Jiang Chen 00:37:40: We build that feature really fast and we are releasing it very shortly. There's also, while we're still enhancing the other aspects of the mules offering just internally, we're working on providing a set of easy to use utility functions to generate the embeddings from the client side so that you don't need to play with all sorts of frameworks and get confused in between them if you have a relatively simpler requirements regarding which kind of vector embedding you want to generate. For example, if you want to generate the sparse embedding from splayed model or BM 25, which is more like old school way of representing text, or definitely the hugging face sentence transformer and openi and other services.

Demetrios 00:38:39: So you bring up a very good point and I think it is the perfect segue into embeddings in general. And there was a question that came up in the ML Ops community slack, and it was kind of around the lines of so what are some good practices around generating embeddings. What are the best models? And the consensus was it's kind of just like throwing spaghetti at the wall right now. You see what works, and hopefully you get lucky. Go on to the leaderboard, grab a few of those models, and then does it work for your use case? Cool. You're lucky. Does it not? Keep searching. Maybe you guys have seen better practices than that because it feels like there's got to be a different way.

Demetrios 00:39:24: Right.

Jiang Chen 00:39:24: Well, first, I want you to say this whole story of machine learning and artificial intelligence is like throwing strategy onto the wall and see what works. All this ecosystem of technology are being developed, but we don't want every single developer to do that again and again. We do want to provide some insights on that. Yeah, I would like Frank to speak on that. Frank is definitely one of the great experts in this area.

Frank Liu 00:39:53: Okay. My personal opinion. So I see a lot of folks, I talk to a lot of devs out there, and when they're building out their application that leverages LLMs or leverages generative AI, they just say, I'm using OpenAI's API, or I'm using OpenAI's at an endpoint, which is great. I don't want to throw shade on them. I think it's a great embedding model, but there's no way that there's one embedding model that fits your use case. If you look at, I wrote this blog, and there's this great example on there where. I don't remember where I got this example from. Again, I get a lot of these from different locations, different locations around the web from different people, and I sort of repurpose them.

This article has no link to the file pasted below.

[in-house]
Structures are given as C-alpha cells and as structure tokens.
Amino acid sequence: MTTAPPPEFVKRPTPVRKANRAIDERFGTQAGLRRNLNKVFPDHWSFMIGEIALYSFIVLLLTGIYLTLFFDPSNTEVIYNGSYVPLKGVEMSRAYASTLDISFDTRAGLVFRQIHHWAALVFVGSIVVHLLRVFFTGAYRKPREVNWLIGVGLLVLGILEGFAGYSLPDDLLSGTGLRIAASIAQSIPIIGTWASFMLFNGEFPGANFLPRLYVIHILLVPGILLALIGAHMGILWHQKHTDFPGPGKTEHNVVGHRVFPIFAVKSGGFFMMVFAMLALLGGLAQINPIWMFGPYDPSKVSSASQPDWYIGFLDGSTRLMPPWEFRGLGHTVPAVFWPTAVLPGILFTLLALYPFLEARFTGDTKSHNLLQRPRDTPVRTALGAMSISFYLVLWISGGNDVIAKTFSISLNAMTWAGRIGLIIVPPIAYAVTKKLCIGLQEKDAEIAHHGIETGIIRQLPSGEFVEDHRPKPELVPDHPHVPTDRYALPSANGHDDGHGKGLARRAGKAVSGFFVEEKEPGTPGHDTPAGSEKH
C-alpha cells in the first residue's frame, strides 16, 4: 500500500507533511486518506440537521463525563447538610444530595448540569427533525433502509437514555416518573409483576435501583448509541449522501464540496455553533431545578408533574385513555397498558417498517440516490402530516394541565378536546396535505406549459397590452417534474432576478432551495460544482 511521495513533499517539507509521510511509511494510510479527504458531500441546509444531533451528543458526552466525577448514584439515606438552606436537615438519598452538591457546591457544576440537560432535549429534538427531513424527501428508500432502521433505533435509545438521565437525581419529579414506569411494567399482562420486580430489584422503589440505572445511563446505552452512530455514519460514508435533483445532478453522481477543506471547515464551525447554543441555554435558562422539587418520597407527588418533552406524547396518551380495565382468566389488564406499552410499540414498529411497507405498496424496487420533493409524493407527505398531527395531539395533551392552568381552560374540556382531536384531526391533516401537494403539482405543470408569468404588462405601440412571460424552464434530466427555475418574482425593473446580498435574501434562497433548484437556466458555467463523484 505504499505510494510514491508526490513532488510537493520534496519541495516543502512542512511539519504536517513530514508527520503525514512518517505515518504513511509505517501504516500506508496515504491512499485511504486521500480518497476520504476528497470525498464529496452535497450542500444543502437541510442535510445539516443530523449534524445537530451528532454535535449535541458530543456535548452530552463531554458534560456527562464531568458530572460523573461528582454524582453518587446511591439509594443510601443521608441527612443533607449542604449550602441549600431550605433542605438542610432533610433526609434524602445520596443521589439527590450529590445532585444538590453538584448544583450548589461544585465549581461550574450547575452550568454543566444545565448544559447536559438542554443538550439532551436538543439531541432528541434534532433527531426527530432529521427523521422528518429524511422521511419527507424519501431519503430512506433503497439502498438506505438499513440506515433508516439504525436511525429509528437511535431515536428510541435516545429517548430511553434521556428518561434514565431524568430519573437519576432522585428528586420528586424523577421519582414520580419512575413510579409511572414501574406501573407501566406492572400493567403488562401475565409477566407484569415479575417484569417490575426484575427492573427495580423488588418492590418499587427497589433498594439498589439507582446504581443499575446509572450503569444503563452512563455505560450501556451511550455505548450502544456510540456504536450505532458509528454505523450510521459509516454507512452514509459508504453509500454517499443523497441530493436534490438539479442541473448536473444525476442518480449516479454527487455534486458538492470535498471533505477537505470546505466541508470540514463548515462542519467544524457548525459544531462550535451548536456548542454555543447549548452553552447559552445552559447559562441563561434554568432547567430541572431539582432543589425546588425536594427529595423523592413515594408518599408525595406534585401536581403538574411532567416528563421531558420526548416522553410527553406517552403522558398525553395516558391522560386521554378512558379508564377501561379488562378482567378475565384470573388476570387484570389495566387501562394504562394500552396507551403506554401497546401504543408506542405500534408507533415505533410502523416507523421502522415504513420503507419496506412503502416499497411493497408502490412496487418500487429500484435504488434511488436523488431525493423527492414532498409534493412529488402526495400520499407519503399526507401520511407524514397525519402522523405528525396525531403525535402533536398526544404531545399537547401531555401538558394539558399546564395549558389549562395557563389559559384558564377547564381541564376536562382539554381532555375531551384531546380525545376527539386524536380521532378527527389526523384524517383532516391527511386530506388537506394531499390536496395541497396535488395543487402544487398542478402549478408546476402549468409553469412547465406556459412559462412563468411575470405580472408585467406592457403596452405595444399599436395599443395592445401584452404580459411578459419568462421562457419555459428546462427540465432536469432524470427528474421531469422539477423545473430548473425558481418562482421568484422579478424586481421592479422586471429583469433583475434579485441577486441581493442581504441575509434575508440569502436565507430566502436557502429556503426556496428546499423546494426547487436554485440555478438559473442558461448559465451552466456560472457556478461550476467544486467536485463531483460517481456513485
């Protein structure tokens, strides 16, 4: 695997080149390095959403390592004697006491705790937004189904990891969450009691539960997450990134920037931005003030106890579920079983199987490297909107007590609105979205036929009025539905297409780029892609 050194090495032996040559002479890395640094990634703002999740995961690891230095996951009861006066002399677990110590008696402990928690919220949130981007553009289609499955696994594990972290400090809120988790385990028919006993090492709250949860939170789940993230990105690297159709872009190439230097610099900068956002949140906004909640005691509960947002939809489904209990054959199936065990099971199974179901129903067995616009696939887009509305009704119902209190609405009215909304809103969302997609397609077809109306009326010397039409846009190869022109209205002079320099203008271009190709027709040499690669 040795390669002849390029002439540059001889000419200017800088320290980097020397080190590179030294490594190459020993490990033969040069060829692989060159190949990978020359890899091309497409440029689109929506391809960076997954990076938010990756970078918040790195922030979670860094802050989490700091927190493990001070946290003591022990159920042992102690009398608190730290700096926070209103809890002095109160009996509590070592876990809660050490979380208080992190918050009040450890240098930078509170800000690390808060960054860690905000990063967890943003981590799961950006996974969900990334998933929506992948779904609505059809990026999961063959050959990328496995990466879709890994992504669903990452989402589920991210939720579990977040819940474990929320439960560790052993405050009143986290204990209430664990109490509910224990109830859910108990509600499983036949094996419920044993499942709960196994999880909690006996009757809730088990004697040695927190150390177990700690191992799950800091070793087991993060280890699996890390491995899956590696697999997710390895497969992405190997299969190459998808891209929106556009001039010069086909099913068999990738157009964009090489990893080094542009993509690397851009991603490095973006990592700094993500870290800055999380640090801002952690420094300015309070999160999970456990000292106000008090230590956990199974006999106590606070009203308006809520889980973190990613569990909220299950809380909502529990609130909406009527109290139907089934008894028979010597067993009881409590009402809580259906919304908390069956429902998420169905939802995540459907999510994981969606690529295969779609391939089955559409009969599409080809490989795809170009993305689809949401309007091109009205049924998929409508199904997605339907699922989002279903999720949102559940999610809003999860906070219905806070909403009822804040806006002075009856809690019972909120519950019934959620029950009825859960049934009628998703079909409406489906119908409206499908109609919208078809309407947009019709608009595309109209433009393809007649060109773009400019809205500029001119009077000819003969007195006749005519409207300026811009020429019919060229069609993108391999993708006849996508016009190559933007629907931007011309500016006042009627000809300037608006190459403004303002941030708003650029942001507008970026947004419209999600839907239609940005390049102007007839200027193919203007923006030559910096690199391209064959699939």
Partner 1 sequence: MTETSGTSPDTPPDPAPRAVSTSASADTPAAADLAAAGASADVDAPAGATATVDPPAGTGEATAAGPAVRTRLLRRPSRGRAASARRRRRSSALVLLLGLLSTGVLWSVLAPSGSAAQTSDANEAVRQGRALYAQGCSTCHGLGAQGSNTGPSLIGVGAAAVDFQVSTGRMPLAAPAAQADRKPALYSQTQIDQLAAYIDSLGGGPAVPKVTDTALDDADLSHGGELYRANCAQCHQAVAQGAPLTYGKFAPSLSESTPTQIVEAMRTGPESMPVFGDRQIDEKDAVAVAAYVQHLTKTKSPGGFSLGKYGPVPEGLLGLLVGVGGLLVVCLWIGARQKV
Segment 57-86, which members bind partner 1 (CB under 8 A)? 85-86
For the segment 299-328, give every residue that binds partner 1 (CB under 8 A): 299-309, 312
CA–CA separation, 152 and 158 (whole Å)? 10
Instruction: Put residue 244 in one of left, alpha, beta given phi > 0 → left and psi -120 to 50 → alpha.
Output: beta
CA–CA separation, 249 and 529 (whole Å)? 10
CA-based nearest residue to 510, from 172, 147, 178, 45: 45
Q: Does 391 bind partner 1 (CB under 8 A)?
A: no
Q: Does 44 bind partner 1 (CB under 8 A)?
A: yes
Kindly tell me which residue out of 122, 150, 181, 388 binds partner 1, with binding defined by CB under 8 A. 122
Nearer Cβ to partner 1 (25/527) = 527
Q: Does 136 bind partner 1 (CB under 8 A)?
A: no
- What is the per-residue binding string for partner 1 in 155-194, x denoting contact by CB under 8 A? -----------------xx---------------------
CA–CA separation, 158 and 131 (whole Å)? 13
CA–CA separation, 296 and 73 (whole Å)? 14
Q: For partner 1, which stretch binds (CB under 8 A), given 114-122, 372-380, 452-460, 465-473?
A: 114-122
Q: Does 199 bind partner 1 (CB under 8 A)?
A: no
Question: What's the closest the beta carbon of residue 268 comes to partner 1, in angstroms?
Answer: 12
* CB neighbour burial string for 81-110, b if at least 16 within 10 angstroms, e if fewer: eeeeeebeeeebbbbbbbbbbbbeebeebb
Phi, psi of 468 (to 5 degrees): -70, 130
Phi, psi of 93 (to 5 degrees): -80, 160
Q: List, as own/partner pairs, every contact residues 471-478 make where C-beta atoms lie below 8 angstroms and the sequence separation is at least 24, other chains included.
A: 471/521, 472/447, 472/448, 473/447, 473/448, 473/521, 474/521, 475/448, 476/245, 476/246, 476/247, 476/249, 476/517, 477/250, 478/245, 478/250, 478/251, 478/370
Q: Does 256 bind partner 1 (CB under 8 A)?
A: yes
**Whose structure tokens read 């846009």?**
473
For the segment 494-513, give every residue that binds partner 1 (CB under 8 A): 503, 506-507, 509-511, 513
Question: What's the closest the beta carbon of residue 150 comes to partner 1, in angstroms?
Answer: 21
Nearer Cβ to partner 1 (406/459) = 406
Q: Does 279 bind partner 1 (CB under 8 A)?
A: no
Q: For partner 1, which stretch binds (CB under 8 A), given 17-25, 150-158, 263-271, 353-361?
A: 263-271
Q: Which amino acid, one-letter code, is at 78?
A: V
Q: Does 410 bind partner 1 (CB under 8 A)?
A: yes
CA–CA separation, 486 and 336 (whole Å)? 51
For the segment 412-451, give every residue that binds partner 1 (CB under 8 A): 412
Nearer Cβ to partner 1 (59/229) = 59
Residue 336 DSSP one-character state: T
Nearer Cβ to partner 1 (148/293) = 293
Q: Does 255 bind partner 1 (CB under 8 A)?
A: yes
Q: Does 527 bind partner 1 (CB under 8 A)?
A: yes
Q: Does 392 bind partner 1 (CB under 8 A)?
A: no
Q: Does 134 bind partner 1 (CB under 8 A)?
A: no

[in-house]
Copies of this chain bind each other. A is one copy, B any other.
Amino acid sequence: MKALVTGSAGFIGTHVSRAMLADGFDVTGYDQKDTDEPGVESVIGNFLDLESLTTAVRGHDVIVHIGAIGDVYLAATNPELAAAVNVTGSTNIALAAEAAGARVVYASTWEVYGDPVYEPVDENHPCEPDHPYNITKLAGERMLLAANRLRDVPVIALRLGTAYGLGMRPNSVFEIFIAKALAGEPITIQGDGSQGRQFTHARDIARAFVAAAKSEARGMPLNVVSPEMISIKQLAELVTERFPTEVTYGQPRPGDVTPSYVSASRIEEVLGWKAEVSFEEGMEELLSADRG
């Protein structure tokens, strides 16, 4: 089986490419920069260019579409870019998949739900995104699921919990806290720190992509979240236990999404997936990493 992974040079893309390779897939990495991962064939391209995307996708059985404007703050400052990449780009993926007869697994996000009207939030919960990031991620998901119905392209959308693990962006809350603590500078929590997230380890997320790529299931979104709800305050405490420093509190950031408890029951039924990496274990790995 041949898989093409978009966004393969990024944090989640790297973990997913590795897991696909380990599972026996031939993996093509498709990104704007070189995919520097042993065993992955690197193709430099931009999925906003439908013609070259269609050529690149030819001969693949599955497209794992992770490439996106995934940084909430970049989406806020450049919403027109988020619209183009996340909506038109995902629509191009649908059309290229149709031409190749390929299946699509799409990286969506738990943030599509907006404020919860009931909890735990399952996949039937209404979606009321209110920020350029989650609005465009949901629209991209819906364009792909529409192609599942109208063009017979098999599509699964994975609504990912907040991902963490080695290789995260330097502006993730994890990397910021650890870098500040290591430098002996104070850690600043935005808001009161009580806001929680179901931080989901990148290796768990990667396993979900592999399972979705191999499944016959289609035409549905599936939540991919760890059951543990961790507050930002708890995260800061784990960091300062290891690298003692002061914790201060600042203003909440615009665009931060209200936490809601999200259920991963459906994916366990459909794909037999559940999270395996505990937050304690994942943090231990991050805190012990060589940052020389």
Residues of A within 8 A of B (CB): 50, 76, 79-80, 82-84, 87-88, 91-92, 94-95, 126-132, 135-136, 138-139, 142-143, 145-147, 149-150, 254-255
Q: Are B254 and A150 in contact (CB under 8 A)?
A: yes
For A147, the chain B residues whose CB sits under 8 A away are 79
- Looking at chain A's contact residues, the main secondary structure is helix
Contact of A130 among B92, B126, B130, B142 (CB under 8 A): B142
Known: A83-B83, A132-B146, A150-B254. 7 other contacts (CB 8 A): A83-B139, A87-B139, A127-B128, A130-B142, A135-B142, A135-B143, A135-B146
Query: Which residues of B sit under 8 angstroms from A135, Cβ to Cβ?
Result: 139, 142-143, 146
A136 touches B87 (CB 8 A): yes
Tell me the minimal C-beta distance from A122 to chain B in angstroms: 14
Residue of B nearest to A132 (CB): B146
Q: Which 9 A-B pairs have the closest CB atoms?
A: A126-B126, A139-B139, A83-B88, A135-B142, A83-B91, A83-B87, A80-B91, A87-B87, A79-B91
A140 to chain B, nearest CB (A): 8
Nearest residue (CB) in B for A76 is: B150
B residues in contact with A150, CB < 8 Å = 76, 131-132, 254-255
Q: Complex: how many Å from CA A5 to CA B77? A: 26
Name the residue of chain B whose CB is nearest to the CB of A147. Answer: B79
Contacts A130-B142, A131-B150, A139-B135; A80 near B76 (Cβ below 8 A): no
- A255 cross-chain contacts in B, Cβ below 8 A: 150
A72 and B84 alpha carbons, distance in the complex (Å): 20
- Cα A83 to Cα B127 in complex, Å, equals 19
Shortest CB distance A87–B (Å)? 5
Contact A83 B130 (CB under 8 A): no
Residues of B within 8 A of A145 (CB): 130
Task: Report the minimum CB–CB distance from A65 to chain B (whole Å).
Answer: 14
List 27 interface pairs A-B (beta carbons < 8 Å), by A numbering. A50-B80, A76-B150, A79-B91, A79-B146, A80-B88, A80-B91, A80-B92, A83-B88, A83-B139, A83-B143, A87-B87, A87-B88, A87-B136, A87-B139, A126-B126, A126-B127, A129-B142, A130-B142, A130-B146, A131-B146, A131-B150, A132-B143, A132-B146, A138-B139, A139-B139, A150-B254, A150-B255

Frank Liu 00:40:41: So this is a great example where one sentence is, let's eat. I'm going to say let's eat Eugen here. And the other sentence is let's eat, comma Eugen. And these mean two very different things. Right now for some applications. For some applications, let's say you're talking a legal context or you're talking in things that are a little bit fuzzy. You probably want the embeddings for these two sentences to be very close to each other. They're very related.

Frank Liu 00:41:17: They have almost the same tokens, with the exception of some punctuation. And the people, the person that I'm talking about for both these, in this.

Jiang Chen 00:41:25: Case is a UJ.

Frank Liu 00:41:26: It's a Senate.

Demetrios 00:41:27: Right.

Frank Liu 00:41:28: And if you want to talk about these two senses from the perspective of what does it actually mean? These mean very two different things. Two very different things. In one sentence, I'm saying, let's actually physically eat Eugen, which let's not do that. And in the other sentence, I'm saying, hey, Eugen, let's go get lunch, or let's go out to eat. These mean two very different things. It depends on what you want to do. There's no one size fits all embeding model. And if you look at a lot of the metrics out there of how, oh, embedings aren't as good as B of 25, it's because you're not using something that is tailored to your application.

Frank Liu 00:42:11: Right. That is semantically relevant to your application. And I think, try my recommendation. If you're looking to get started with vector databases or vector search, try different models. I know it's hugging face and sense transformers, and there's voyage as well. They make it very easy for you to try different things. Try different models and see what works best for your application. Use the LGTM at ten test.